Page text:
And let’s not forget that the GCSEs are in a state of flux. This year’s young people were doubly hammered. Removing Speaking and Listening from the English GSCE half way through their course, and bringing in accountability measures that meant that only first attempts at an exam would count in the league tables meant that in one swoop they moved into a linear mode of assessment, but for syllabuses that were designed to be modular. The result was that many took between 20 and 30 exams in the space of a few weeks. The pressure was unbearable. And I know because I watched my child go through it. Predicted an A for Maths, he came home from the infamous “Hannah’s Sweets” paper sweating. He knew he’d panicked. He got a C in the end – enough, but a disappointment to him. He just had a bad day. Now let’s imagine he had failed. Would that ‘bad day’ – hot on the heels of days of exams, a sleepless night and a bit of a cold, would that have been the school’s fault? Of course not. Some kids just lose it in some exams. It’s not that they were badly taught or that they didn’t know stuff. They just panic.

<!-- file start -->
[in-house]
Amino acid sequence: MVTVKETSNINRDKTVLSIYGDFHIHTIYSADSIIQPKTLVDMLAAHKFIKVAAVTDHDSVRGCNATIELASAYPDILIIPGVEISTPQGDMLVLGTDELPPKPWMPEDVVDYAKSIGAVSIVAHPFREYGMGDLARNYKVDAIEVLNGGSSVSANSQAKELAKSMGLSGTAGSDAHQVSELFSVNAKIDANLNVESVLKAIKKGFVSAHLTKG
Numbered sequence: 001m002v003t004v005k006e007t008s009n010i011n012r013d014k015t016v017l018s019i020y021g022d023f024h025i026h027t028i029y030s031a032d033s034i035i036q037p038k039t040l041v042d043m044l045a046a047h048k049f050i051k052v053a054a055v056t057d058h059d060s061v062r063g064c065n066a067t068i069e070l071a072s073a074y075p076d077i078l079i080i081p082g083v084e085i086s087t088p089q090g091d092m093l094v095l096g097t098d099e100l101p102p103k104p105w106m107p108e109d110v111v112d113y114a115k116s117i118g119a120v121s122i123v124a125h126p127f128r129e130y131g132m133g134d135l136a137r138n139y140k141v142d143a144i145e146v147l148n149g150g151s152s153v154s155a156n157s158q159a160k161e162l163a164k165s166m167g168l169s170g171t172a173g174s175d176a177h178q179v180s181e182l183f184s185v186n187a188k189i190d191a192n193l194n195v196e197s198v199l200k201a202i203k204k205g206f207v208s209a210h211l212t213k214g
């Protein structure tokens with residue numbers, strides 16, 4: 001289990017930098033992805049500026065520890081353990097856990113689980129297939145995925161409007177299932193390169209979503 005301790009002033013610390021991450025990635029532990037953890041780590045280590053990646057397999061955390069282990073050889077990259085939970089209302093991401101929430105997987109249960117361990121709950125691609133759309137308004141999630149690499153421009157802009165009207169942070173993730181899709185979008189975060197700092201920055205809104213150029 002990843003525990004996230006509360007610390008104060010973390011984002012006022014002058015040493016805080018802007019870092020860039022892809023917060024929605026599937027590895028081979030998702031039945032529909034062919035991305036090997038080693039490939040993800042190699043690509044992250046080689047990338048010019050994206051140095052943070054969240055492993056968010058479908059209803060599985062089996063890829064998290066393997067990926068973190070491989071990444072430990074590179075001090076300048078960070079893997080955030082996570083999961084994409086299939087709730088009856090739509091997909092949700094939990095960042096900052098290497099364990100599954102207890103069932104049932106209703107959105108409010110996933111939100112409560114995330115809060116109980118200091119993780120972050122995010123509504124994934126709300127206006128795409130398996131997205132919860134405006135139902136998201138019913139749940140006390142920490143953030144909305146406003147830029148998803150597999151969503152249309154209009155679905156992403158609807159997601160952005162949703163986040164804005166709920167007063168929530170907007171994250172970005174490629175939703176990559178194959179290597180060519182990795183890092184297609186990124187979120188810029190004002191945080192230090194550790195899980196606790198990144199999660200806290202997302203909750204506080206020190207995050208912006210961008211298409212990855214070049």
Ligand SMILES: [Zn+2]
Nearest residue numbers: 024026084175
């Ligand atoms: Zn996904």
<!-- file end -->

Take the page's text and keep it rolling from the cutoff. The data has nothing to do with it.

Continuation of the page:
What about the child I taught some years ago whose mother died the night before she came in to do her exam. Her hands were shaking so badly she couldn’t hold her pen. Would the school be responsible for her performance? Every child has a different, unique story. The 10A*s kid whose parents spent £10,000 on private tuition. And the one who suffered a brain tumour, worked her socks off and also got 10A*s. Are the schools responsible for those successes?

As we move into the new syllabuses and marking schemes, what schools don’t need is for their chains to be tightened. They need time to get to know the new system. They need freedom to figure out what they need to do to make it work. They need to really start to play the long game, with much higher levels of challenge in Key Stage 3 so that children are not taught to tests, but taught to adapt and cope with this new world. The fines, I suspect, won’t come to pass. But they are representative of two great faults in our system – the misalignment between aim and reality and the removal of joy, agency and autonomy from the process of being educated.